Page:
LETTERS TO THE EDITOR

Movement on timber

After years of discussion there appears to be some meaningful forward movement on our county's timber issues.

Last week in Washington, D.C., the House Resources Committee examined, discussed and amended HR 1526, the Restoring Healthy Forests for Healthy Communities Act. This act includes the O&C Trust, Conservation and Jobs plan developed by our own Reps. DeFazio, Walden, and Schrader. This proposed bill will now move to the full House for approval.

The bill will then be referred to the Senate for consideration by the Energy and Natural Resources Committee chaired by our own Sen. Ron Wyden, who also has great concerns about managing our National Forest lands and BLM-managed O&C lands. HR 1525 will provide sensible, balanced management of our local forest, which will allow for a reasonable timber harvest as well as provide protection of old growth, additional wilderness, enhanced watershed protection and revenues for our county.

These revenues are critical to ensure continuation of many county services such as libraries and public safety. This proposed legislation is a win-win for the environmental community, the business community, the citizens of Southern Oregon and our National Forest and BLM-managed forest lands. — John Rachor, Jackson County commissioner


Work harder first

Cheryl Lashley (president of Medford Education Association) said the school administration wants them to work harder and longer. Wow.

Considering they only teach 170 days a year and work a total of 188 days a year, that's a whopping 51 percent of the year that they work. They are actually wanting more pay and more benefits? Their benefit package is already enough to make Bill Gates jealous.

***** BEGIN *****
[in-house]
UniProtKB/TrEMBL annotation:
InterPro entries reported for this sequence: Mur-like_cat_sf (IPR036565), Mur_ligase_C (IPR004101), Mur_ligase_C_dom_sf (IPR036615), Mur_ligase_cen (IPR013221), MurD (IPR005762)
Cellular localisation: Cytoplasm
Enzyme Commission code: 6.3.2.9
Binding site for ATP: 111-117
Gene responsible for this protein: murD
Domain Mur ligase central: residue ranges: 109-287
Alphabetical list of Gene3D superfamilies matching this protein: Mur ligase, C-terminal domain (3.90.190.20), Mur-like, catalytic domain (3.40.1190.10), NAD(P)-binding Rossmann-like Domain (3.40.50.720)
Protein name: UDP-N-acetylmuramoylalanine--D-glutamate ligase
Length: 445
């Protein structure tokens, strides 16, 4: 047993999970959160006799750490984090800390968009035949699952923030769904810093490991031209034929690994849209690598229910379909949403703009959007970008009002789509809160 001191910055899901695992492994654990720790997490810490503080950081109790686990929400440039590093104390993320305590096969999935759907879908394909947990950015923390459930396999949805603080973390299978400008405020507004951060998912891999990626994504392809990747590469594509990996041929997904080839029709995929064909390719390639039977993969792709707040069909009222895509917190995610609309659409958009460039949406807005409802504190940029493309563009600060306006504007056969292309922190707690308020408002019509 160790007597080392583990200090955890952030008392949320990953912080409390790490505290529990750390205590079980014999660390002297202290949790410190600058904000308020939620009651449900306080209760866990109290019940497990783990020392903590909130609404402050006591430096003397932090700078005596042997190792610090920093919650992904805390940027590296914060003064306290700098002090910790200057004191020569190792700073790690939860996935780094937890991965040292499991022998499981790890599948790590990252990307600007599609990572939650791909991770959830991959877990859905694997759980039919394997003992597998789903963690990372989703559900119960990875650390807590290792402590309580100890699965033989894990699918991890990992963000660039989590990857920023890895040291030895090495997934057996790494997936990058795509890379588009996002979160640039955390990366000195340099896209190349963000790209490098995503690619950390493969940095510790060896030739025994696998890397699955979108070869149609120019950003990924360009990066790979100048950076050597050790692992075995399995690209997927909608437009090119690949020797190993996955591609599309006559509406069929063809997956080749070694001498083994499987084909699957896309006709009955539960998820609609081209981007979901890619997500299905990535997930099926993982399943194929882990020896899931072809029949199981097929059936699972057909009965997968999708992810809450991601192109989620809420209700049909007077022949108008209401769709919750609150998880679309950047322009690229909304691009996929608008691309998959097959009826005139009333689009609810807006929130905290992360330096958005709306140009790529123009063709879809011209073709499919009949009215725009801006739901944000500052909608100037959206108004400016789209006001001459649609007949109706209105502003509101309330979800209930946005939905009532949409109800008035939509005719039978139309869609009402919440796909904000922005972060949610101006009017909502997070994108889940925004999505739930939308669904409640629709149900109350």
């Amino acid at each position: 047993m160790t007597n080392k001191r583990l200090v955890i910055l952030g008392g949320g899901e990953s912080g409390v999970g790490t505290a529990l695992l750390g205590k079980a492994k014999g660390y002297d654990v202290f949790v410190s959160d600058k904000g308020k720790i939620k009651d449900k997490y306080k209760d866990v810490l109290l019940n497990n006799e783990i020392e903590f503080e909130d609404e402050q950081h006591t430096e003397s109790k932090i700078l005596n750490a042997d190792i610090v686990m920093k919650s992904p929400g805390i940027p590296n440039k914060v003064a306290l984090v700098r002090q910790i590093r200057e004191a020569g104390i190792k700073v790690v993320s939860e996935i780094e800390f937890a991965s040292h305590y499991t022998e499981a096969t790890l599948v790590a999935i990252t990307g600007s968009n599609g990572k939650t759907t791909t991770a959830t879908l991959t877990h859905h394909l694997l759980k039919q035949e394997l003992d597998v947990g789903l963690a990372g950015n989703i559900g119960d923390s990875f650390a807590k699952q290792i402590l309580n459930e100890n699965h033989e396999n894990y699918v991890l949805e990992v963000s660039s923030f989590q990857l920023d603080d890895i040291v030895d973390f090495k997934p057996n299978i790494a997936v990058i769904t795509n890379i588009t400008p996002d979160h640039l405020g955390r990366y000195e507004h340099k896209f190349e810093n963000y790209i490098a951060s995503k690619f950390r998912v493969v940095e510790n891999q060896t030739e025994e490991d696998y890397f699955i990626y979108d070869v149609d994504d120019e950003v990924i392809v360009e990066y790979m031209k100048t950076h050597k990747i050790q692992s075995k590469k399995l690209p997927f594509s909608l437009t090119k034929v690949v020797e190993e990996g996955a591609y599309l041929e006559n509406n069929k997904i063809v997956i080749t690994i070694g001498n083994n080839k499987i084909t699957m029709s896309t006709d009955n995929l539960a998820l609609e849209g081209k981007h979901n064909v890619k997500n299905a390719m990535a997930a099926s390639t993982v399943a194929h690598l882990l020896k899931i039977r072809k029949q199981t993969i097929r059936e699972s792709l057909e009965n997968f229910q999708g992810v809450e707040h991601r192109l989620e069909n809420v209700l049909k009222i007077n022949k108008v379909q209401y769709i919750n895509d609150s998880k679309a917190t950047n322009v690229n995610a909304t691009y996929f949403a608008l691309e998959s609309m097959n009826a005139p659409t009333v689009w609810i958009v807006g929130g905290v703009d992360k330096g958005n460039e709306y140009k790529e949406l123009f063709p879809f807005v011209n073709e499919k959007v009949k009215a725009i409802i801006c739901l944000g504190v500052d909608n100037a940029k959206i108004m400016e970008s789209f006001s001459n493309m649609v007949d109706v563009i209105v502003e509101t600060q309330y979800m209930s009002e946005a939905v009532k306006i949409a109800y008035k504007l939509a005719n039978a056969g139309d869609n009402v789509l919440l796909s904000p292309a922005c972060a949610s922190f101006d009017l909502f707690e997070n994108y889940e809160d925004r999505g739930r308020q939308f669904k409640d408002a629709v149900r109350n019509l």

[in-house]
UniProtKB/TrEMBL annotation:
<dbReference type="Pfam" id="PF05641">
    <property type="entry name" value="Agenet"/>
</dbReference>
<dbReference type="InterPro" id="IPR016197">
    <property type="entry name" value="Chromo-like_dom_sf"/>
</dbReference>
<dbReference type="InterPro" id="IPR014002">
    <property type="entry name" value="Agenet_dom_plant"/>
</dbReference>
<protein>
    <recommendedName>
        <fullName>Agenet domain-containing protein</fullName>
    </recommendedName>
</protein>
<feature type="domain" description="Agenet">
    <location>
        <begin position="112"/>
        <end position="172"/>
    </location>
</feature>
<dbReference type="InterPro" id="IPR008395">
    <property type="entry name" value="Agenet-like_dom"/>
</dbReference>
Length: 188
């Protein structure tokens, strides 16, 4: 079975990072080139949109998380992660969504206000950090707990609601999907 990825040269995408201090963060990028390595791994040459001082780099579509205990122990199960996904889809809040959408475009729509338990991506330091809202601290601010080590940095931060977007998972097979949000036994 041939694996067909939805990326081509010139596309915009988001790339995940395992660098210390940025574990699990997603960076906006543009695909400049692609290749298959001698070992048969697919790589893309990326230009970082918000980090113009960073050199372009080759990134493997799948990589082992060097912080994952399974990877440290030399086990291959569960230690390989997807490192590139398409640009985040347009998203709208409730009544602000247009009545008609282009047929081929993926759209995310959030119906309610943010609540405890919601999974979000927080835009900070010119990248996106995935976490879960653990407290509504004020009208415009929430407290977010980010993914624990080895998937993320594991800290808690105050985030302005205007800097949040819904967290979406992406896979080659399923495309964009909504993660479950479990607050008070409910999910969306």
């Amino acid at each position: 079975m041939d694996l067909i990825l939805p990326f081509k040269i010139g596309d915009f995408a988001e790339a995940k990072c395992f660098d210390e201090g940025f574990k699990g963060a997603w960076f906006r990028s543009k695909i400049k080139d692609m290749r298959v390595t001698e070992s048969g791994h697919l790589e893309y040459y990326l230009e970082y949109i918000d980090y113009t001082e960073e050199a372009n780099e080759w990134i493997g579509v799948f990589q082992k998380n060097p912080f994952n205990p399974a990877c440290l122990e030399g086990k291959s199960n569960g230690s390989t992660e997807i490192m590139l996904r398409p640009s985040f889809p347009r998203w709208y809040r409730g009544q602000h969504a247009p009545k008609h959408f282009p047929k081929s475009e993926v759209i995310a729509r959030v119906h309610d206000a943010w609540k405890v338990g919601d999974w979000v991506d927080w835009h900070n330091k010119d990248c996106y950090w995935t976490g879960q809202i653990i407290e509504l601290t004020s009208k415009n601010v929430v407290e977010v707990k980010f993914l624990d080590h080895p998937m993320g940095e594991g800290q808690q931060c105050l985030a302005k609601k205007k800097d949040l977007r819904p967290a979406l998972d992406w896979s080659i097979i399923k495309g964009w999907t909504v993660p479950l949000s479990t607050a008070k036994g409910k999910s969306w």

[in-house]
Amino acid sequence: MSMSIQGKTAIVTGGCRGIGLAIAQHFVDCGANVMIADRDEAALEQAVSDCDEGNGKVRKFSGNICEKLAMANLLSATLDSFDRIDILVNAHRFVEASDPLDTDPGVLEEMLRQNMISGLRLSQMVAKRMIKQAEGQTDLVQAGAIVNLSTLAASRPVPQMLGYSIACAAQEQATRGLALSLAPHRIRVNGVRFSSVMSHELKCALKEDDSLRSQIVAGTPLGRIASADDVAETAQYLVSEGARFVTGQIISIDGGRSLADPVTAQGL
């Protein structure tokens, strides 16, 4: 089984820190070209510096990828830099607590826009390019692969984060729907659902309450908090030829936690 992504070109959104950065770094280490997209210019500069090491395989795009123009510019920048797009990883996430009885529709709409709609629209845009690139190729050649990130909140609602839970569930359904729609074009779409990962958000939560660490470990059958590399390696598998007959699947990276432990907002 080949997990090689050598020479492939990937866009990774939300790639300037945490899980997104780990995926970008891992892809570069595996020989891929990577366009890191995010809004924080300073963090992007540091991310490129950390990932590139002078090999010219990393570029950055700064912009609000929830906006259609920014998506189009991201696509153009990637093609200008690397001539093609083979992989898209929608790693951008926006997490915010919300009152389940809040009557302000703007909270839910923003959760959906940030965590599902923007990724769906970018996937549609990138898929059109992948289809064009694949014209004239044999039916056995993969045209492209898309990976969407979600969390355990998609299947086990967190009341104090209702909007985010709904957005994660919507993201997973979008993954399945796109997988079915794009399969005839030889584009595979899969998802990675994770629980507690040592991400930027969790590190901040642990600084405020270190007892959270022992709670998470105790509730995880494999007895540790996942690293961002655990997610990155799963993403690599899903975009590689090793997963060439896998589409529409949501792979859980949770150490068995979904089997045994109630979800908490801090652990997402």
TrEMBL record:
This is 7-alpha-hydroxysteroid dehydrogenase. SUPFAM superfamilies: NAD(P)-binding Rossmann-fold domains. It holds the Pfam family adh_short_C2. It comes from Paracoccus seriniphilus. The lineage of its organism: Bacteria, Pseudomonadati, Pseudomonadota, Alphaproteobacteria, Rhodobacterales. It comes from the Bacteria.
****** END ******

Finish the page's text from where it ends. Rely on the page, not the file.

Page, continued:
She also said that all this negotiation is taking the focus away from teaching. Records indicate they haven't been focusing on teaching for some time now by looking at 2012 graduation rates at 68 percent for Medford. Oregon ranked fourth worst in the nation.

Cheryl Lashley said the teachers want to get away from the bargaining table so they can concentrate on teaching. I say concentrate on teaching for a while, work harder, longer and maybe they will show enough improvement in the graduation rate that it will be a little easier for them at the bargaining table. Now is not the right time for them to be bargaining. — Greg Egan, Medford


Did city overpay?

My first reaction to the Red Lion story was as many, the city paid too much for what they got.

I still do not know if that is the case, the reason being that the council and Medford Urban Renewal Agency approved a purchase price without having the property appraised.

It was their responsibility to have an appraisal done on the portion they purchased. Without it, we citizens have no way to evaluate the appropriateness of the purchase or the price, nor do they. That is what is disconcerting about this transaction.

Due diligence was not performed. Maybe they got a good deal, maybe not, given the cost of developing what they did buy for the purpose they intend, which, by the way, also was not disclosed, to my knowledge, to any one else outside the council/MURA. — Doug LaFeve, Medford


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